Den

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den

1. the habitat or retreat of a lion or similar wild animal; lair
2. Scot a small wooded valley; dingle
3. Scot and northern English dialect a place of sanctuary in certain catching games; home or base

Den’

 

(Day), a bourgeois, left-liberal daily newspaper published in Petrograd from 1912 to 1918. Among its contributors were bourgeois radicals (A. V. Amfiteatrov and N. P. Asheshov), Narodniks (Populists) and Socialist Revolutionaries (V. Bogucharskii, R. V. Ivanov-Razumnik, and S. D. Mstislavskii), and Menshevik-liquidators (D. I. Zaslavskii, St. Ivanovich, N. I. Iordanskii, and P. S. Iushkevich). The newspaper criticized tsarism and the bourgeois-pome shchik (landlord) parties from the liberal Menshevik position. During World War I it occupied a defensist position. After May 30 (June 12), 1917, Den’ became an organ of the Mensheviks. It supported the bourgeois Provisional Government and opposed the Bolsheviks. The newspaper reacted with hostility to the October Socialist Revolution. It was closed on Oct. 26 (Nov. 8), 1917, by the Petrograd Military Revolutionary Committee but for some time continued to publish under different names. It was finally closed in May 1918 for anti-Soviet propaganda.


Den

 

the place where some mammals rest for a long time, hibernate, or raise their cubs. A den, unlike a burrow, is on the surface and usually in a secluded spot: in thick underbrush, among reeds, in a gully, beneath a cliff, or in a cave. Jackals, foxes, wolves, hyenas, tigers, lions, and wild boars build dens. A bear’s den is called berloga in Russian; a den occupied briefly is called lezhka. The latter is built by hares, rodents, and most ungulates.

den

An indoor retreat, usually small, for work or leisure. also see chamber, 1.

DEN

(Directory Enabled Networks) The management of a network from a central depository of information about users, applications and network resources. Originally an initiative from Microsoft and Cisco, DEN was turned over to the DMTF in 1998, and its extensions were made part of the CIM specification in 1999. See WBEM, CIM and DMTF.
References in classic literature ?
For while they sit contriving, shall the rest, Millions that stand in Arms, and longing wait The Signal to ascend, sit lingring here Heav'ns fugitives, and for thir dwelling place Accept this dark opprobrious Den of shame, The Prison of his Tyranny who Reigns By our delay?
The little pink sloth-creature was still blinking at me when my Ape-man reappeared at the aperture of the nearest of these dens, and beckoned me in.
The Beaver brought paper,portfolio, pens, And ink in unfailing supplies: While strange creepy creatures came out of their dens, And watched them with wondering eyes.
A day and a half spent in rummaging amongst certain dens of Paris sufficed for his recruiting; and, without allowing his adventurers to communicate with each other, he had picked up and got together, in less than thirty hours, a charming collection of ill-looking faces, speaking a French less pure than the English they were about to attempt.
These hideous beasts dig for themselves vast caverns in the soil, of a funnel shape, and line the sides of them with, rocks, so disposed one upon the other that they fall instantly, when trodden upon by other animals, thus precipitating them into the monster's dens, where their blood is immediately sucked, and their carcasses afterwards hurled contemptuously out to an immense distance from "the caverns of death.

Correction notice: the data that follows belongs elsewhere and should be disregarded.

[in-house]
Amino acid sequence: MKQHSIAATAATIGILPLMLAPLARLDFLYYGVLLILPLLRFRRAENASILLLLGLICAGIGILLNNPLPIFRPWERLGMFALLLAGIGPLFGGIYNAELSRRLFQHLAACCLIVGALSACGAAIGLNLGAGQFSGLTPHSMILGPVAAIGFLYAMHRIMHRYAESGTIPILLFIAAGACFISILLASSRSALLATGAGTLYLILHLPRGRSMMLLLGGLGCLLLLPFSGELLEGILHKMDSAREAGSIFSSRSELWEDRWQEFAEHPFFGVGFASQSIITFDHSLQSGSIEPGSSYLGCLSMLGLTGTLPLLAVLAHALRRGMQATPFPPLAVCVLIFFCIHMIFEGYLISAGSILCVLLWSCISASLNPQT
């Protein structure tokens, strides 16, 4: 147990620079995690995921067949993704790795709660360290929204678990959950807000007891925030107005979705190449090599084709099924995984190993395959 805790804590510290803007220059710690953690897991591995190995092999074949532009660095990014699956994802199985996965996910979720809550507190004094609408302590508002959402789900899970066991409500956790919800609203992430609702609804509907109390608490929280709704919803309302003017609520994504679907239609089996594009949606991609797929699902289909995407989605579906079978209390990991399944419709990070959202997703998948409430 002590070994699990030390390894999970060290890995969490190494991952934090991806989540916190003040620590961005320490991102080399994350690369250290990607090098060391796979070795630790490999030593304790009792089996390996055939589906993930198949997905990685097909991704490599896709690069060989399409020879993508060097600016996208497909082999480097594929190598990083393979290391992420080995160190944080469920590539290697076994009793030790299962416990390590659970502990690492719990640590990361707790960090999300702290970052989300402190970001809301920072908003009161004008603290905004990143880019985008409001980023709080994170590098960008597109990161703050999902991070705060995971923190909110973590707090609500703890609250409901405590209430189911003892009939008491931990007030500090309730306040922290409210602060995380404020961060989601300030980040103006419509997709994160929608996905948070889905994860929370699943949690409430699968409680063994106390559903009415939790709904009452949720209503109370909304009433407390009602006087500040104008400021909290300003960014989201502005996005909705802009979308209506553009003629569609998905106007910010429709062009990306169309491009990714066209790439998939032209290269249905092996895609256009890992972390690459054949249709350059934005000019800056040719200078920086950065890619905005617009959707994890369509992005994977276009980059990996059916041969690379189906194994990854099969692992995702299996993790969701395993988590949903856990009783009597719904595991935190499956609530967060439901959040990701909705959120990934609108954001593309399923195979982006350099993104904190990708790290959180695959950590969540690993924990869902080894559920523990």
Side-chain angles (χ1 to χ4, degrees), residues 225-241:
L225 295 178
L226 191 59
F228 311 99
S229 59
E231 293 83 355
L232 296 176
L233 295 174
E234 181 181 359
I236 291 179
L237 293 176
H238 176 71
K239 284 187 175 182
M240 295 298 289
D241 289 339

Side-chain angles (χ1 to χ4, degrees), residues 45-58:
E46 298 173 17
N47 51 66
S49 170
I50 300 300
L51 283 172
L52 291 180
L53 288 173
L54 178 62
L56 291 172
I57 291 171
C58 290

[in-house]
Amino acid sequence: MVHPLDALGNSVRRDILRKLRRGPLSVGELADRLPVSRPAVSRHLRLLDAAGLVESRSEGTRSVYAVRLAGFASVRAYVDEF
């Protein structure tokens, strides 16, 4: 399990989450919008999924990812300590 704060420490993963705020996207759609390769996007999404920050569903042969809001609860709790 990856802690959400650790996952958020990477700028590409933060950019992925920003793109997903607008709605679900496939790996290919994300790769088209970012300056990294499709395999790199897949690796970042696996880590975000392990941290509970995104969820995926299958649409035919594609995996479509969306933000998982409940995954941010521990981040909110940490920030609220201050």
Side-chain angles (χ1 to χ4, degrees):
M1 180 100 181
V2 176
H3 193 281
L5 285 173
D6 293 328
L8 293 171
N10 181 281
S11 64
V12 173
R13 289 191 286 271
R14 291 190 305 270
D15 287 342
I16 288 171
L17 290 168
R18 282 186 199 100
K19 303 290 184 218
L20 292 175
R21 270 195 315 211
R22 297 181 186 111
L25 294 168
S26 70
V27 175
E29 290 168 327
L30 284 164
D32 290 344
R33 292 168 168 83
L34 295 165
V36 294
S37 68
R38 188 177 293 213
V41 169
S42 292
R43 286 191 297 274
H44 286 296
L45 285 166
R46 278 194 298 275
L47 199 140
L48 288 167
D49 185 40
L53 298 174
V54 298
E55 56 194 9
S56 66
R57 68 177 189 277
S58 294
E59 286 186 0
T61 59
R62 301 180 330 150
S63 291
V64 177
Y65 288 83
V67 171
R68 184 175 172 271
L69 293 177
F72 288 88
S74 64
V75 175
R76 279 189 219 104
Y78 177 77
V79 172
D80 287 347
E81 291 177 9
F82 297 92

I can understand the ignorant masses loving to soak themselves in drink--oh, yes, it's very shocking that they should, of course--very shocking to us who live in cozy homes, with all the graces and pleasures of life around us, that the dwellers in damp cellars and windy attics should creep from their dens of misery into the warmth and glare of the public-house bar, and seek to float for a brief space away from their dull world upon a Lethe stream of gin.
Then the way went by long lines of dark windows diversified by turreted towers and porches of eccentric shapes, where old stone lions and grotesque monsters bristled outside dens of shadow and snarled at the evening gloom over the escutcheons they held in their grip.
Guards sprang to drag Thuvia away, but ere they had succeeded she had hurled a volley of commands at the listening brutes, and as one they turned and marched back into their dens.
The Jewish money-changers have their dens close at hand, and all day long are counting bronze coins and transferring them from one bushel basket to another.
But after what he had just seen, Joe determined to be more circumspect for the future; and, taking his bearings by the sun, he set off afoot toward the northeast, avoiding with the utmost care cabins, huts, hovels, and dens of every description, that might serve in any manner as a shelter for human beings.
I cannot think they will help to refine the ragamuffins if they read them, and I'm sure they can do no good to the better class of boys, who through these books are introduced to police courts, counterfeiters' dens, gambling houses, drinking saloons, and all sorts of low life.
One thing that had strongly impressed my young mind was the talk of my elders about the dens of iniquity in San Francisco's Chinatown.